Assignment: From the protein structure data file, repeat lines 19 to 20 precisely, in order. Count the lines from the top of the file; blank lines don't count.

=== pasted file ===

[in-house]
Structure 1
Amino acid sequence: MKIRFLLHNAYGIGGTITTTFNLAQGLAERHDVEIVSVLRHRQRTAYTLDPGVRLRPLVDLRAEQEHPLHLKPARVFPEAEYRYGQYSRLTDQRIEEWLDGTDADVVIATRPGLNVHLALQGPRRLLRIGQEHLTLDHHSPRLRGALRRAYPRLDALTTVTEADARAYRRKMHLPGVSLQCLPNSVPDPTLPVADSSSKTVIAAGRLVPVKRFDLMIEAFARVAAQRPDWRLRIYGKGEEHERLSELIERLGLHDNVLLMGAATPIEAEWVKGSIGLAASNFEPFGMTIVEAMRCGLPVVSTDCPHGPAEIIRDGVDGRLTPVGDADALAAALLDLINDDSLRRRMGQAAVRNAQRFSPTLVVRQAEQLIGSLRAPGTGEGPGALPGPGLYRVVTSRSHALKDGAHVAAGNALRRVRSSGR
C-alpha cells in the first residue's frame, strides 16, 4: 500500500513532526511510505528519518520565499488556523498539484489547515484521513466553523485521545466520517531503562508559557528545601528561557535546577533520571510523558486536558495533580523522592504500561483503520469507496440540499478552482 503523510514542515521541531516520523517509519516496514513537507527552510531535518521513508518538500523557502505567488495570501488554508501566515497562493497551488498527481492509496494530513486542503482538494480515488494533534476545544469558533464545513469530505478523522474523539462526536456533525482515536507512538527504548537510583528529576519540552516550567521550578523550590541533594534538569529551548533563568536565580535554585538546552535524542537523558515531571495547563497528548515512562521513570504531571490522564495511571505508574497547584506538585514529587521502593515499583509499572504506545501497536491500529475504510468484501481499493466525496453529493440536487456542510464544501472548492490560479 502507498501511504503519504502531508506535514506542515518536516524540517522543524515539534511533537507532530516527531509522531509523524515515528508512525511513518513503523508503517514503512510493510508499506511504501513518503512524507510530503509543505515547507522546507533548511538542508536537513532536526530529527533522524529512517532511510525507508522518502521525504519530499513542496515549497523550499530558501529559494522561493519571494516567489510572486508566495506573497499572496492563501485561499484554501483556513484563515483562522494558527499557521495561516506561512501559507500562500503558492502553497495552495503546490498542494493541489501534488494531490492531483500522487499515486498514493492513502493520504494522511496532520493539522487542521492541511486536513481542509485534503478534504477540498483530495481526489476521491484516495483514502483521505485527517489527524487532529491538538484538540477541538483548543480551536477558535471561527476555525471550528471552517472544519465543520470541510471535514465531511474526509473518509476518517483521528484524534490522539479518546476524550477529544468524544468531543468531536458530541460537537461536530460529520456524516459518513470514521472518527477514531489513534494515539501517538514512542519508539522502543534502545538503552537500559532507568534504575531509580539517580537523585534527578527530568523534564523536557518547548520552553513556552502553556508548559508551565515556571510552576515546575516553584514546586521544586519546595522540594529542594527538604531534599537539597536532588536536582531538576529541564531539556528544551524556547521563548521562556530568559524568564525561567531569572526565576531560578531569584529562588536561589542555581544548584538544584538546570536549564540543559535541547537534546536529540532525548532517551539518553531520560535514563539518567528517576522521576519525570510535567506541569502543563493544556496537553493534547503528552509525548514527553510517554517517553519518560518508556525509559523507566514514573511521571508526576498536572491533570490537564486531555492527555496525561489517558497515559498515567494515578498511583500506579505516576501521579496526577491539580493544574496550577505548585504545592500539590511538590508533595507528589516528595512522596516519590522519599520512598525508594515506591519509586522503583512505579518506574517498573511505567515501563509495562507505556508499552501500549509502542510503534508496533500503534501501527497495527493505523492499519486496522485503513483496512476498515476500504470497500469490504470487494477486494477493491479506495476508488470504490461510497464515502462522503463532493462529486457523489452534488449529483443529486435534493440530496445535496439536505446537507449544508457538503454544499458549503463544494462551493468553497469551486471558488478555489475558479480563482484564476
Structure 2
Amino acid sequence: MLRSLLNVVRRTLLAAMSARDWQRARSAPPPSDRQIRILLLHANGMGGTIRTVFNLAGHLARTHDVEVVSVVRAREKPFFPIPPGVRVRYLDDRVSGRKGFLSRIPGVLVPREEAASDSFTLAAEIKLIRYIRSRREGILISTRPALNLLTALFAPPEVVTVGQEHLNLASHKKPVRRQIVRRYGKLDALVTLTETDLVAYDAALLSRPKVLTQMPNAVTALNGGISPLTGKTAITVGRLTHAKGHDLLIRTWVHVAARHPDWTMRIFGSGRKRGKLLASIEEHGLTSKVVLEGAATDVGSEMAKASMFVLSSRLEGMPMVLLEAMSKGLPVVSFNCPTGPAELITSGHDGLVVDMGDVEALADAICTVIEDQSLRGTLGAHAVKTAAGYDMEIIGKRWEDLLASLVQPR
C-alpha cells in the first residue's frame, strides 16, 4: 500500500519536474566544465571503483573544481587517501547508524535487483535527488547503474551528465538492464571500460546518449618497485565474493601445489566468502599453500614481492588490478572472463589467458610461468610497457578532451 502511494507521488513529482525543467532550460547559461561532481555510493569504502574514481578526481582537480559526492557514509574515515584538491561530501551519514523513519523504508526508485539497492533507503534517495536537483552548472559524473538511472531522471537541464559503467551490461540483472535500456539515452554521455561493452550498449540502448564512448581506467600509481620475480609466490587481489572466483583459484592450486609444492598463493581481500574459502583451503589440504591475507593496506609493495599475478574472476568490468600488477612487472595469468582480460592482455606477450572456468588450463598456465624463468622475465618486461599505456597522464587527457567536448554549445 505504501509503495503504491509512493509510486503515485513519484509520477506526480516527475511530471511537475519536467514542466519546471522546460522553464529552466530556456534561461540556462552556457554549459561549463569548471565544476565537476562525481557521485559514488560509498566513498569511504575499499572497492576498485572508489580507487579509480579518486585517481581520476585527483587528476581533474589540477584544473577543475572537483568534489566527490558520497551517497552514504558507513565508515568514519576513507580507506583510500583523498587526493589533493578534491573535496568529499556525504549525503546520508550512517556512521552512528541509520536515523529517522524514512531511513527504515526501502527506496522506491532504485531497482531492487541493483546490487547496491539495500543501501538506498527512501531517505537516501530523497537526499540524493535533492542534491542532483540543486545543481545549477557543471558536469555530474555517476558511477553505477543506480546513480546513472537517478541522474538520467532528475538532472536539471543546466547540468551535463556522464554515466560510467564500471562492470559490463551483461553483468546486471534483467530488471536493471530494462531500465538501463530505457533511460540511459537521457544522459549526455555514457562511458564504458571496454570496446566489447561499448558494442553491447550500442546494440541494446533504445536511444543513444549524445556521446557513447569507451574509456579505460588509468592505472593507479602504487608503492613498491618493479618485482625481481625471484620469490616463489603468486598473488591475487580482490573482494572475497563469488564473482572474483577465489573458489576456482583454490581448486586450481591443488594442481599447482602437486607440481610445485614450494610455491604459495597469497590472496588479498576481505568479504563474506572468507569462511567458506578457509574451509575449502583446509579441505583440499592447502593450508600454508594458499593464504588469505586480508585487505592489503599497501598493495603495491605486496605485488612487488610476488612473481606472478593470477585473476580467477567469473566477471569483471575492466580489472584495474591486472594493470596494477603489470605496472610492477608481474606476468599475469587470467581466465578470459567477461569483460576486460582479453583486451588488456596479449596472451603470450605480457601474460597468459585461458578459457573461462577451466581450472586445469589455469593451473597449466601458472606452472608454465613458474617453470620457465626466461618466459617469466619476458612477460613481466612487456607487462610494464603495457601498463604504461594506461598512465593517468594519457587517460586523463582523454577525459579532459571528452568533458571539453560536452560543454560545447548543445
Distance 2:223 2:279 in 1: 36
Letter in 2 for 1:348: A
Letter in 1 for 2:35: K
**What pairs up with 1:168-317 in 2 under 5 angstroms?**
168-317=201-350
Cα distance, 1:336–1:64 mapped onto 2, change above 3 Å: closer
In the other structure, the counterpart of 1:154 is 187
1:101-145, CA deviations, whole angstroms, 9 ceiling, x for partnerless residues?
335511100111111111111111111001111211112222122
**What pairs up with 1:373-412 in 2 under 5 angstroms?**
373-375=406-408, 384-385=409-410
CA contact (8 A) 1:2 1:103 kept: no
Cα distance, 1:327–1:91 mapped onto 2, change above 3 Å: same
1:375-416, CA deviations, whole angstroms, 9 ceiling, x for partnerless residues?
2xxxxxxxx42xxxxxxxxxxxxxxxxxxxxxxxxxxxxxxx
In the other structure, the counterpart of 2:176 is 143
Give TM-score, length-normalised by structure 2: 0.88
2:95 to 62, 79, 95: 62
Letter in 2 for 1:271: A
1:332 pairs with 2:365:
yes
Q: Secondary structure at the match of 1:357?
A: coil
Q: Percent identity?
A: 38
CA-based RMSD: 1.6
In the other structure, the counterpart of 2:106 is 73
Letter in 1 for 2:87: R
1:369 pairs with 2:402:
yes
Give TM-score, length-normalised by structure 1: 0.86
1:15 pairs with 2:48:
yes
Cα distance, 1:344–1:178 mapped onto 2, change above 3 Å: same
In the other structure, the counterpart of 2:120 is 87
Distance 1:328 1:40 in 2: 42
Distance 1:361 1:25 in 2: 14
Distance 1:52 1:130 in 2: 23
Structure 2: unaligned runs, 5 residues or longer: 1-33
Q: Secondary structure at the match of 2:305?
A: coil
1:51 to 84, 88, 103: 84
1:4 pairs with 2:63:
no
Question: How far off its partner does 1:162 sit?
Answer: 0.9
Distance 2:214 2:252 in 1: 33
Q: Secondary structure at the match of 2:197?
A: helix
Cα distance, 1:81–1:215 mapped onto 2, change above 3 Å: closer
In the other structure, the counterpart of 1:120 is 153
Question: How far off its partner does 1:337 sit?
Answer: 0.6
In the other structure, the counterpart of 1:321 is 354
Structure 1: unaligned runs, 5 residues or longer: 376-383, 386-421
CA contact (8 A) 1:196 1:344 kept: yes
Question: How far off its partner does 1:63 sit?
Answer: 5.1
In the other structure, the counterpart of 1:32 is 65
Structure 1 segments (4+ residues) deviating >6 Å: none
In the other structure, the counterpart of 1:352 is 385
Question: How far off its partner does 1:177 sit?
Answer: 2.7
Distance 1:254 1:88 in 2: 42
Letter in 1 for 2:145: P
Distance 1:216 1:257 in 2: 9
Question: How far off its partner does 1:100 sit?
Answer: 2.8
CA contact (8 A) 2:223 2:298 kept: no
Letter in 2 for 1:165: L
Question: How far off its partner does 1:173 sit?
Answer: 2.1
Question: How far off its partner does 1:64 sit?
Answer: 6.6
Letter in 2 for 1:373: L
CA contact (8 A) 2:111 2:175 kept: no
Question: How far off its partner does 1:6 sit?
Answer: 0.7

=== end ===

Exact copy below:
CA contact (8 A) 1:2 1:103 kept: no
Cα distance, 1:327–1:91 mapped onto 2, change above 3 Å: same